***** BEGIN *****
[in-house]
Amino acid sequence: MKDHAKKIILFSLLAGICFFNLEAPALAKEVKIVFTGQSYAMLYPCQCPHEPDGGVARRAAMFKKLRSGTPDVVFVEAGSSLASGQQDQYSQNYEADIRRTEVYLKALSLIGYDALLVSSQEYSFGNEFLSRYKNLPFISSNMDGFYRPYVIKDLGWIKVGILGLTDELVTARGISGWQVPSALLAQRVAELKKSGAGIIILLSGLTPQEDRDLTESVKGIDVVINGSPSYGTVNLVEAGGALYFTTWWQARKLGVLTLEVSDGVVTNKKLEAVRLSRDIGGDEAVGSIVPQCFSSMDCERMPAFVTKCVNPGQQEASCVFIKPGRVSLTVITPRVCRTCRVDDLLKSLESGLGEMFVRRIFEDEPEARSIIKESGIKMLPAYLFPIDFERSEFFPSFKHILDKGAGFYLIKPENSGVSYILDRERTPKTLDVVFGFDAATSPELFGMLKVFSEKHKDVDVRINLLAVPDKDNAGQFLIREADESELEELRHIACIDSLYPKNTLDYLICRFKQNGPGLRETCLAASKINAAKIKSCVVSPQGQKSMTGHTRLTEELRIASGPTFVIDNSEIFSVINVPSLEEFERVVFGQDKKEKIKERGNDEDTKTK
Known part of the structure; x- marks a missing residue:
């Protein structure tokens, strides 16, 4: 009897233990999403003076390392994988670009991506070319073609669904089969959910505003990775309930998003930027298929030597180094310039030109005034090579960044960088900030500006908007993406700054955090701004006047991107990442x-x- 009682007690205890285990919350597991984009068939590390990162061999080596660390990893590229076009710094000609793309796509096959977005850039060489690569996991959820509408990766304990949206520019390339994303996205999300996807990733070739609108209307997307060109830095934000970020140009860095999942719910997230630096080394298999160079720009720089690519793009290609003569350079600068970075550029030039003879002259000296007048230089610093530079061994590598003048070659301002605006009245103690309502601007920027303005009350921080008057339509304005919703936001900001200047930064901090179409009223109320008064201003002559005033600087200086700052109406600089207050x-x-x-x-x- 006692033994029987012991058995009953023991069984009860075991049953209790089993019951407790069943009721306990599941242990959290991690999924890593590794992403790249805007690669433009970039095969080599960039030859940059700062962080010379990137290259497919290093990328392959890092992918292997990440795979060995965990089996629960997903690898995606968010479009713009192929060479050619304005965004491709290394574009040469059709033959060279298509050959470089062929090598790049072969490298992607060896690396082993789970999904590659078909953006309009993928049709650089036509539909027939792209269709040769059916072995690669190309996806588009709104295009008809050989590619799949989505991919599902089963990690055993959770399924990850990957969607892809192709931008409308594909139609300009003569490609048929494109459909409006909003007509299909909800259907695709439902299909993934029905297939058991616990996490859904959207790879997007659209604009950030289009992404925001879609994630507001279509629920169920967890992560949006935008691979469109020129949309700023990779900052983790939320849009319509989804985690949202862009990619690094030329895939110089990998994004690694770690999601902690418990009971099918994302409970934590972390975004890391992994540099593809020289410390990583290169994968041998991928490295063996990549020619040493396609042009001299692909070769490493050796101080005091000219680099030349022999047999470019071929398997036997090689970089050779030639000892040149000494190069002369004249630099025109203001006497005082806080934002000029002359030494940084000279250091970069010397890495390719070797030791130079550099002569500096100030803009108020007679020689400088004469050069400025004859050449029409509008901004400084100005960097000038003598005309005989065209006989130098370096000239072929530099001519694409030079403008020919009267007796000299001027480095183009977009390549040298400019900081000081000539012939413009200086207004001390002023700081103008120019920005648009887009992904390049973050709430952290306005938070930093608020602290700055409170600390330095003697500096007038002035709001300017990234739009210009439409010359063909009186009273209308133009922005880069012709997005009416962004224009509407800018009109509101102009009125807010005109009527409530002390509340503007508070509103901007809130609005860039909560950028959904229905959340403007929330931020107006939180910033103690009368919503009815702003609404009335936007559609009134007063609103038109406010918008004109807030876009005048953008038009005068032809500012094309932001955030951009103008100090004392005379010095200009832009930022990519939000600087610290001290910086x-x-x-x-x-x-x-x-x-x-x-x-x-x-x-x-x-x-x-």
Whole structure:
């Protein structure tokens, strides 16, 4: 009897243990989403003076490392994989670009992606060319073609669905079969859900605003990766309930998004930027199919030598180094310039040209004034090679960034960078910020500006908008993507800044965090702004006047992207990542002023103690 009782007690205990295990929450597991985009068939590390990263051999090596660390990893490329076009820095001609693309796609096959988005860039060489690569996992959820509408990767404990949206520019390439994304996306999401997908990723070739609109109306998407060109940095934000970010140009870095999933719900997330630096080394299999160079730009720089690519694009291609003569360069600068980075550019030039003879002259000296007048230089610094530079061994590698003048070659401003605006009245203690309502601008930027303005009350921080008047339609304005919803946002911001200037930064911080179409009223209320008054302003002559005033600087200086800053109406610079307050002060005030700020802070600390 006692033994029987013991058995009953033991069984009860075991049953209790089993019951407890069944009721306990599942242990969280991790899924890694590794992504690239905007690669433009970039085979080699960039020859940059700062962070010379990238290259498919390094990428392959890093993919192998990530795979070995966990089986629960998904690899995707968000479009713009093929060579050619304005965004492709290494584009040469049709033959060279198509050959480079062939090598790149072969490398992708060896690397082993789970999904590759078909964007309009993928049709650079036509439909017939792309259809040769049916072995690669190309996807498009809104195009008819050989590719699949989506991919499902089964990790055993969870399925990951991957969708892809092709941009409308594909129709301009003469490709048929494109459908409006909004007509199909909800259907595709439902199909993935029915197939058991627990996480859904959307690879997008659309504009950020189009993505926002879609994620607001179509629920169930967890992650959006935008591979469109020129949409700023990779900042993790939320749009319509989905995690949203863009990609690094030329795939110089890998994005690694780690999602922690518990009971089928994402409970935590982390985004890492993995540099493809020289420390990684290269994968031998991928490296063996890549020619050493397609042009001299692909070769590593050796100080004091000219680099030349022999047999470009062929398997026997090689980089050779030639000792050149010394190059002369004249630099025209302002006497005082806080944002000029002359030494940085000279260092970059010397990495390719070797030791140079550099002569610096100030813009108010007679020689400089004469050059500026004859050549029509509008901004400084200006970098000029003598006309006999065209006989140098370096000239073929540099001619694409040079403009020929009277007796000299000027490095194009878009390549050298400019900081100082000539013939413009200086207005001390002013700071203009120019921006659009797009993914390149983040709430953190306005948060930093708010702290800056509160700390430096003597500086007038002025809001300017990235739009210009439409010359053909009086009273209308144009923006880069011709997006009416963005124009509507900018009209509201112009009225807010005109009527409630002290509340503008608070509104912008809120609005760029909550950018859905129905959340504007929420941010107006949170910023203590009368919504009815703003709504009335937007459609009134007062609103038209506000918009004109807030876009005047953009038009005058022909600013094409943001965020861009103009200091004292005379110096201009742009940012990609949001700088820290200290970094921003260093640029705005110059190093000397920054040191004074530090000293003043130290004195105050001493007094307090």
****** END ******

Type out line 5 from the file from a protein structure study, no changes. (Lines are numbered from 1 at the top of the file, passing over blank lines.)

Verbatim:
Whole structure: